Hellraiser: Judgment follows in the path of the previous installments in the Hellraiser franchise. In this sequel, we see a trio of detectives trying to catch a serial killer and solve the mysterious happenings in a seemingly abandoned house.
Hellraiser: Judgment Review
There isn't much to be proud of in this somehow-still-alive franchise that hasn't put out anything of note since its third installment. You could even go as far as to say the first two are the only decent ones and most of the rest of the franchise takes a lot of love of the mythos to push through. I've seen all of them at one time or another, and it's gotten increasingly difficult to push through to the end, yet I keep coming back for more. Thankfully, this installment, while still carrying that direct-to-DVD charm, carries a sense of depth to the mythos that makes it a decent watch.
Again, it's worth noting that there is a bit of expectation associated with this franchise...you simply can't expect much in terms of acting or writing quality, unless someone of horror talent comes along and decides to give it a reboot of sorts. Yet, there's something about this franchise that has made it avoid the reboot machine. I think it definitely has to do with the cenobites...the hellspawn that carry the horror of the franchise in their lust-meets-mutilation ways. It's a big deal, even now, any time an actor dons the Pinhead costume. They are so timeless and so well designed from the first time around that it seems to be an untouchable sin to consider rebooting them. What could you change to make them any more viscerally terrifying?
So we're left with an increasingly-terrible trail of sequels that can't seem to capture any of the gruesome magic of the originals...but Judgment does a decent enough job of it. Firstly, we are introduced to a new cenobite called the Auditor, who brings a macabre charm to the genre that even Pinhead manages incapable of. The Auditor is a morbid delight on camera in every scene he's in, as he chats matter-of-factly with the fresh meat of the film. The world created here doesn't feel quite like Hellraiser, as it's less fantastical and more gritty and grounded. It takes away some of the mystique and wonder and replaces it with relatable grunge. It's different, but mostly effective.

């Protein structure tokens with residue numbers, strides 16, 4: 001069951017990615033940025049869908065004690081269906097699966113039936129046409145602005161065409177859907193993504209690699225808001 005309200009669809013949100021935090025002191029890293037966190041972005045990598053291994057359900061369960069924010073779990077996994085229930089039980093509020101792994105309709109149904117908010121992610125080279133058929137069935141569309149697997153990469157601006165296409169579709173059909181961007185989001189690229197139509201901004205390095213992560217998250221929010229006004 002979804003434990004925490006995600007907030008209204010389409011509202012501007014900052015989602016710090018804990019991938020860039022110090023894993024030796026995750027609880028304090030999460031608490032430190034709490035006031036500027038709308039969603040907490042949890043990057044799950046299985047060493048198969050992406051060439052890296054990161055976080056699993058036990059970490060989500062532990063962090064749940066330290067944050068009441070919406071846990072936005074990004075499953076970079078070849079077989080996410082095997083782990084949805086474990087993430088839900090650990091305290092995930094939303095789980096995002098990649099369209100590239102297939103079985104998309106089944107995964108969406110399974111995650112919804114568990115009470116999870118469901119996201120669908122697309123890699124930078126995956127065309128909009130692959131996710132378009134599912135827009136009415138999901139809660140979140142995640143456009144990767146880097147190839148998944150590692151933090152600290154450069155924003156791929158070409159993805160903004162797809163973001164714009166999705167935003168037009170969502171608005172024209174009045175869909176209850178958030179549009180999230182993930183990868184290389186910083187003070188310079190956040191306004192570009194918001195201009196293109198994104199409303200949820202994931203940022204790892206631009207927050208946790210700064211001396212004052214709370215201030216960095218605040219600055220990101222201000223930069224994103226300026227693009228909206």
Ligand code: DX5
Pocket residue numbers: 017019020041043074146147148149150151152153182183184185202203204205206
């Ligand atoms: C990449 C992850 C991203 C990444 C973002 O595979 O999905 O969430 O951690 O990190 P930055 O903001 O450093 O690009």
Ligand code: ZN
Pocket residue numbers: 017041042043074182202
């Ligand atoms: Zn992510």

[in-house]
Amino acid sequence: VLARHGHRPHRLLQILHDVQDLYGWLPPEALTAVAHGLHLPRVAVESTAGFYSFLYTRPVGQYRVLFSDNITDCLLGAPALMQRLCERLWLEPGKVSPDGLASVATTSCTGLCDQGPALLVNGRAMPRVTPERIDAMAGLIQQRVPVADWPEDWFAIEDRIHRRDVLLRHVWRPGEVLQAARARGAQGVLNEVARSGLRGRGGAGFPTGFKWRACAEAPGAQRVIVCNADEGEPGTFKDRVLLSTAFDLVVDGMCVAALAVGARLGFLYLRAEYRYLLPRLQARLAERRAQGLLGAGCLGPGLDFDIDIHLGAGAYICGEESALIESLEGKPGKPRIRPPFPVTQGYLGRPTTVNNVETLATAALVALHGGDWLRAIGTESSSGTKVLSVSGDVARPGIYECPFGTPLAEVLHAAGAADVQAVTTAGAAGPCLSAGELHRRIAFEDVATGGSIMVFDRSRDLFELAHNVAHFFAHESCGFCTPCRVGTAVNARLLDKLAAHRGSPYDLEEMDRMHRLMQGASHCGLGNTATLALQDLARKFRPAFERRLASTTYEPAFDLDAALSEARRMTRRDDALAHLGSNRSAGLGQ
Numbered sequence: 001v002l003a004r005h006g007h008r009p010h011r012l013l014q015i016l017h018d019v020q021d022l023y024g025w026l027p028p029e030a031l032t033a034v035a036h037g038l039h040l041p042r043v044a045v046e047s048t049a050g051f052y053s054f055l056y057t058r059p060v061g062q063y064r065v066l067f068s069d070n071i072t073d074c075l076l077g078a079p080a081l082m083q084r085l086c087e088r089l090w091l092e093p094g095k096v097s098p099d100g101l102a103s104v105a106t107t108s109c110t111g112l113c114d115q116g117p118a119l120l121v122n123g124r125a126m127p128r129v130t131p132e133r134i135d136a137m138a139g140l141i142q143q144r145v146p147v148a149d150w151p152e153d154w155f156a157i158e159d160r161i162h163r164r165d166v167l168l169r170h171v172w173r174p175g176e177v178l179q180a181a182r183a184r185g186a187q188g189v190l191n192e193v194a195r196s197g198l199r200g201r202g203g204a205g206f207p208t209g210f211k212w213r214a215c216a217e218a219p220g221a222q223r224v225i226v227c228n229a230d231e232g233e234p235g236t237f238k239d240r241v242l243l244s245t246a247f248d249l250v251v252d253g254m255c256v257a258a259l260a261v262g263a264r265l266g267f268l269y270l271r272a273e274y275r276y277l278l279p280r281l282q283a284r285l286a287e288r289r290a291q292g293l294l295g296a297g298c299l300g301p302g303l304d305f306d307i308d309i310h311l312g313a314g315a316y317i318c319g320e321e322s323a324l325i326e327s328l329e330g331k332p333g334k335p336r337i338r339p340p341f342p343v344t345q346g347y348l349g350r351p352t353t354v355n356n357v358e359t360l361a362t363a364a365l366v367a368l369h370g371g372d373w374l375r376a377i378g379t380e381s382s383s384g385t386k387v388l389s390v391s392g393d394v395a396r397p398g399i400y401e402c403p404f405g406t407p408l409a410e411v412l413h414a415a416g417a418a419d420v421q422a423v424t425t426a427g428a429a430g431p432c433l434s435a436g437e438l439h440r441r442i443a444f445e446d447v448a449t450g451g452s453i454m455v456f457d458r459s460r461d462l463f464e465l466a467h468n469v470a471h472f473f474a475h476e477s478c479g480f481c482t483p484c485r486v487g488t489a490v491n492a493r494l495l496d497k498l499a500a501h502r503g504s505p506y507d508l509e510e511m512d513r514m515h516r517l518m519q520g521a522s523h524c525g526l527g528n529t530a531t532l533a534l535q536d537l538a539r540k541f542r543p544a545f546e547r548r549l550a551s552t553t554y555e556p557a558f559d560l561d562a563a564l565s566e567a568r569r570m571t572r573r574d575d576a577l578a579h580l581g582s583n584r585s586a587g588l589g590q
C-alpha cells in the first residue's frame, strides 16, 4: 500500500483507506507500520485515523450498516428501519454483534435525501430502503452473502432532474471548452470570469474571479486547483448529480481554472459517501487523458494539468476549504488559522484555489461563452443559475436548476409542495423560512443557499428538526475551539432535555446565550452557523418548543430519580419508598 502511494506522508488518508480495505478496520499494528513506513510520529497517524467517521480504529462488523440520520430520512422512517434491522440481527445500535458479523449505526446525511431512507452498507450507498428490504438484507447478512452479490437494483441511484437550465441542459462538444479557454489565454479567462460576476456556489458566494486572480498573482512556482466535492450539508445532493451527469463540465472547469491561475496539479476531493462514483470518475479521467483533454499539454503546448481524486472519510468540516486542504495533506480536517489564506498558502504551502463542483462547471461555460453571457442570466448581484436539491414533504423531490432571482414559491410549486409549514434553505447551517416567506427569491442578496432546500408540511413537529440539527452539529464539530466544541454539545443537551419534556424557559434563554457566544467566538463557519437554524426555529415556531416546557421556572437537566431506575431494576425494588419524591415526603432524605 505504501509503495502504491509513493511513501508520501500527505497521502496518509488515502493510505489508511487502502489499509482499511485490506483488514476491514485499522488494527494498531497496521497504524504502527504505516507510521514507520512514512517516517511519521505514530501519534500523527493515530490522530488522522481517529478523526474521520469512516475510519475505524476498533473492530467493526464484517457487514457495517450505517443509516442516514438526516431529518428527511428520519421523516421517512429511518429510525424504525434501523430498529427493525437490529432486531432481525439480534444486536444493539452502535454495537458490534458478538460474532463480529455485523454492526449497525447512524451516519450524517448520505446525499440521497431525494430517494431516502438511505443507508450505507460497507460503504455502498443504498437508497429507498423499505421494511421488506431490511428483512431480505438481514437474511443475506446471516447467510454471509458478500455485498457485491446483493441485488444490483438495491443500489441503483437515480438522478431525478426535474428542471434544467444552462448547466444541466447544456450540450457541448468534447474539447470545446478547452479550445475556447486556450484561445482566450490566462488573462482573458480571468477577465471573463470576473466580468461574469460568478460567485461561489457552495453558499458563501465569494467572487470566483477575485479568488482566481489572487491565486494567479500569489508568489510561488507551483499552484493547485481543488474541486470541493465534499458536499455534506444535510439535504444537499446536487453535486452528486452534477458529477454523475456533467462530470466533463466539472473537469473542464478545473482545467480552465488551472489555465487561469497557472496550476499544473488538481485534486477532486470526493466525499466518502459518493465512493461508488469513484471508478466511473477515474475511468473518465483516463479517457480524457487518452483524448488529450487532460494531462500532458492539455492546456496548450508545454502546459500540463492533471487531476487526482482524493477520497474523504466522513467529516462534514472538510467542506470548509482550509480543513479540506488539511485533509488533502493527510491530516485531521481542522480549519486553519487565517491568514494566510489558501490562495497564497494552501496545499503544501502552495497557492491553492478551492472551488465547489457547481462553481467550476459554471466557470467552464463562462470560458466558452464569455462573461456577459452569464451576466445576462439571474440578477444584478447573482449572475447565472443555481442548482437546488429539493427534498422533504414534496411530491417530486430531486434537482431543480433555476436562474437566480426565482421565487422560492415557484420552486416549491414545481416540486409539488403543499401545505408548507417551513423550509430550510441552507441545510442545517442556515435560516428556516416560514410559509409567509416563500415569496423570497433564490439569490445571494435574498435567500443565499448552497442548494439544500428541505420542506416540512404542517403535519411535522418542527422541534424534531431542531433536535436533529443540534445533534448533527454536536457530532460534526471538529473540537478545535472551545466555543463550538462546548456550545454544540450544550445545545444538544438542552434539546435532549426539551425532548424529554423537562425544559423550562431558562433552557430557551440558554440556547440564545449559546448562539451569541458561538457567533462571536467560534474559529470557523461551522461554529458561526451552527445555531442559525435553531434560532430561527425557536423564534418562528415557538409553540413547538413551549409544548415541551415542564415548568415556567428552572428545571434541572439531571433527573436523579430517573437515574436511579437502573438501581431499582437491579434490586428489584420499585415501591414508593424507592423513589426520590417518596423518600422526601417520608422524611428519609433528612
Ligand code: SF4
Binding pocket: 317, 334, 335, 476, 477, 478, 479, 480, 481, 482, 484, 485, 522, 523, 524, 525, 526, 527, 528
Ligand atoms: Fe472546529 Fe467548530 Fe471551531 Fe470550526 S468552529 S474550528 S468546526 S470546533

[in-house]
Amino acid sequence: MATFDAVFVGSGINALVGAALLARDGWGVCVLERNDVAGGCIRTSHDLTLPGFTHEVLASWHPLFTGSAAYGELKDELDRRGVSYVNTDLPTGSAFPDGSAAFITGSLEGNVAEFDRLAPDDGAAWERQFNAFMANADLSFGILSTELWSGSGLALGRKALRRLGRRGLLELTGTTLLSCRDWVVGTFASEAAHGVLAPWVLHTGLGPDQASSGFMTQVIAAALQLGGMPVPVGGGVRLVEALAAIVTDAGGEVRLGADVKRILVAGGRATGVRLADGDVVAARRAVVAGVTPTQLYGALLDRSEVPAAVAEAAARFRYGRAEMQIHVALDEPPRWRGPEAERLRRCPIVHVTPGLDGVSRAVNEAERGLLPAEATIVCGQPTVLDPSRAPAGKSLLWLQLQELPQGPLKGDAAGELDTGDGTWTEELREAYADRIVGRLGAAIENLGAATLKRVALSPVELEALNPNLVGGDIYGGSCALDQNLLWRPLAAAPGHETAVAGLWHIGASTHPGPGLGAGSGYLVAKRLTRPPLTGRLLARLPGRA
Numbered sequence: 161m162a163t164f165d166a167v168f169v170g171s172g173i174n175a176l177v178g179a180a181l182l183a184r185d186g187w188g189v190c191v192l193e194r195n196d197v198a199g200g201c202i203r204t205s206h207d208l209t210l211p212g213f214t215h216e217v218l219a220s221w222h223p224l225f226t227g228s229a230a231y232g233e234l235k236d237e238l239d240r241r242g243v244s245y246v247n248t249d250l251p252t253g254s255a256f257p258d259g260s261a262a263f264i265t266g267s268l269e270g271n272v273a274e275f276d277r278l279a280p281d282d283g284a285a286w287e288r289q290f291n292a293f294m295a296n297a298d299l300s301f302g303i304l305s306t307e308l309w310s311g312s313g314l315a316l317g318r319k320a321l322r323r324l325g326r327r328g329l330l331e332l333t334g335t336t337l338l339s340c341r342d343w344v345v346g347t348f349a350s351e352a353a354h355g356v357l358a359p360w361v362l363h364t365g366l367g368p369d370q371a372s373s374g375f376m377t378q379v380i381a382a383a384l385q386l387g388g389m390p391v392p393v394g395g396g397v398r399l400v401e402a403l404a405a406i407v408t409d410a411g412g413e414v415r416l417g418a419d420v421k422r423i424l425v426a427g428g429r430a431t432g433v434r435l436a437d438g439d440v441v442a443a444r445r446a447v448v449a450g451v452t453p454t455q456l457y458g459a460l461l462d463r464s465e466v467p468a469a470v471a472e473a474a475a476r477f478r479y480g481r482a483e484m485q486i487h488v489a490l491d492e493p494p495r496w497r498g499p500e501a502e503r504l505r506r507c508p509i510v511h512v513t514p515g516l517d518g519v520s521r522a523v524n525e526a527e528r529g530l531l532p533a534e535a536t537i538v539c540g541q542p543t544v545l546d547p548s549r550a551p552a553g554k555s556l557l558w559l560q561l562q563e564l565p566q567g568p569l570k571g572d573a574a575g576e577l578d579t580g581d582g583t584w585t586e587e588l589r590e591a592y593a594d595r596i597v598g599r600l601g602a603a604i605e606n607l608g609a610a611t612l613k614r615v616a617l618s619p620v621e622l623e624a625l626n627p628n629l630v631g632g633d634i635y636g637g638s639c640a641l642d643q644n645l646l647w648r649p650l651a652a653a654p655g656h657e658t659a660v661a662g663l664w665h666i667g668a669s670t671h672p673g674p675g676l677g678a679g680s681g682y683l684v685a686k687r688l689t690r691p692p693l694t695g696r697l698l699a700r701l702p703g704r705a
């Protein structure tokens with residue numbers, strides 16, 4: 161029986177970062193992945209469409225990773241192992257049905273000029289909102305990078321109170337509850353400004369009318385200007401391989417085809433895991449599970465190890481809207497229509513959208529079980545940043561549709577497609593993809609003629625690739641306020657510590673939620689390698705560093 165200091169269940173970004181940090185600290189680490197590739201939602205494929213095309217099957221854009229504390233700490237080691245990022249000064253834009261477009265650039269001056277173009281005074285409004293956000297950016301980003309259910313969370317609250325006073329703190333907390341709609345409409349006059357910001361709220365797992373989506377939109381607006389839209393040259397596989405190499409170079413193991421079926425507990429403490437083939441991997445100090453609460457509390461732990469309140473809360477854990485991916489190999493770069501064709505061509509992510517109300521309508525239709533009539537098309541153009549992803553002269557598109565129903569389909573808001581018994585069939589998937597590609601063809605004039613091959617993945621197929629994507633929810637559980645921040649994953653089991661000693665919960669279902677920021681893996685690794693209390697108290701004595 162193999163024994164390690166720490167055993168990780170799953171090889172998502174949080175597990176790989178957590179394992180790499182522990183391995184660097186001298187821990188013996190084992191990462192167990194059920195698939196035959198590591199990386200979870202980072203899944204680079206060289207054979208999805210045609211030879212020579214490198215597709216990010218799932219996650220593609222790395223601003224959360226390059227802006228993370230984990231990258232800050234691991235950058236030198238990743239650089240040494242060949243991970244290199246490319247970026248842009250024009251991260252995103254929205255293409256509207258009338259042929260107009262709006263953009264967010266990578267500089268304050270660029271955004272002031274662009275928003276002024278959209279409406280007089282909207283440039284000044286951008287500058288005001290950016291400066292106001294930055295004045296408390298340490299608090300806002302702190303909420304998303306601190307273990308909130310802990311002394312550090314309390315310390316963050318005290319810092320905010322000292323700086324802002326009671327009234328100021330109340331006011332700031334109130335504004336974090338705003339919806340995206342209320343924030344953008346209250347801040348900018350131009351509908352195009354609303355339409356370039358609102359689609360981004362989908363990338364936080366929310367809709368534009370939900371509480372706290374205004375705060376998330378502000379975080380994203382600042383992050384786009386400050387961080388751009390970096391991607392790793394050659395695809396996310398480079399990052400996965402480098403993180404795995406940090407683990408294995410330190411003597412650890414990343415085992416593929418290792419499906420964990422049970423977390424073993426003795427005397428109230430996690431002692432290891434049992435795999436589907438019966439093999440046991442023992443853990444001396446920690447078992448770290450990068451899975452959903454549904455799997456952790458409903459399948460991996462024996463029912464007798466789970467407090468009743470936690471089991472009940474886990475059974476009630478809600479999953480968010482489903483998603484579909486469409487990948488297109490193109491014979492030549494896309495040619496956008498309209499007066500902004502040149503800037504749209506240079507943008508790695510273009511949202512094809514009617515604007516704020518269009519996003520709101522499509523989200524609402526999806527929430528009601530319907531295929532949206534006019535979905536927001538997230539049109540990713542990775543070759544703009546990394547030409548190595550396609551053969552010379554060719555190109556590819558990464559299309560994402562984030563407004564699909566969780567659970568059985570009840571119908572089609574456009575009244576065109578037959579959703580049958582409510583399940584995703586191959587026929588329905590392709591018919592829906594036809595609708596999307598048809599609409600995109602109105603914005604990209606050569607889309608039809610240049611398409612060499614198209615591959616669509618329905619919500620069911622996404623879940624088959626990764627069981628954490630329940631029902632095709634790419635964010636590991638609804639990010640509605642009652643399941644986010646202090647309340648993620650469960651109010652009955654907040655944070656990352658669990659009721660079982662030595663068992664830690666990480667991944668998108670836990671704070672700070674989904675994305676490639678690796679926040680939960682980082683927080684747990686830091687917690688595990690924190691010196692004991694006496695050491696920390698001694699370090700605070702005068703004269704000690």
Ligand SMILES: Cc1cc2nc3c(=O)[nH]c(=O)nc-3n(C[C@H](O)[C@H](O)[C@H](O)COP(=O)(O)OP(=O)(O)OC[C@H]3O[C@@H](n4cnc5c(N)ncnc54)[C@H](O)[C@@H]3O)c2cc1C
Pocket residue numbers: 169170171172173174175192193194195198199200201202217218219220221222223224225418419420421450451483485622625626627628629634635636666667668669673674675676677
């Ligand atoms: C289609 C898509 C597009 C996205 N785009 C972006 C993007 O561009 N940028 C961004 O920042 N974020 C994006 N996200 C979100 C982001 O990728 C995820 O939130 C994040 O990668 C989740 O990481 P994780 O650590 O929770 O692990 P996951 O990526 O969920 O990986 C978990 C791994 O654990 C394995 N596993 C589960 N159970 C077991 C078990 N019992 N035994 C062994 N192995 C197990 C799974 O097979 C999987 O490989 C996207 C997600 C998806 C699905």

The characters are forgettable, the writing is pedestrian, and the acting is weak, but the story is a fun enough romp with an awkwardly delivered, but philosophically intriguing, ending. In fact, the whole plot is a fun perspective on the "what if" of angel/demon heirarchy, structure and purpose. It's something that is generally avoided in sequels past, as the intentions of the cenobites is merely left as they are almost mindless cogs of the sin-fueled punishment machine.
Hellraiser is a franchise with an iconic set of villains that we love to see, but wish somehow the magic could outlast its failures. Judgment makes it seem that it's possible for the trudging horror franchises of the world to recover some level of quality in its seemingly neverending sequels. Maybe it's possible there is something to build on here in the future.
Horror Rating System Horror Qualifier: 9/10 Horror Quality: 7/10 Film Quality: 4/10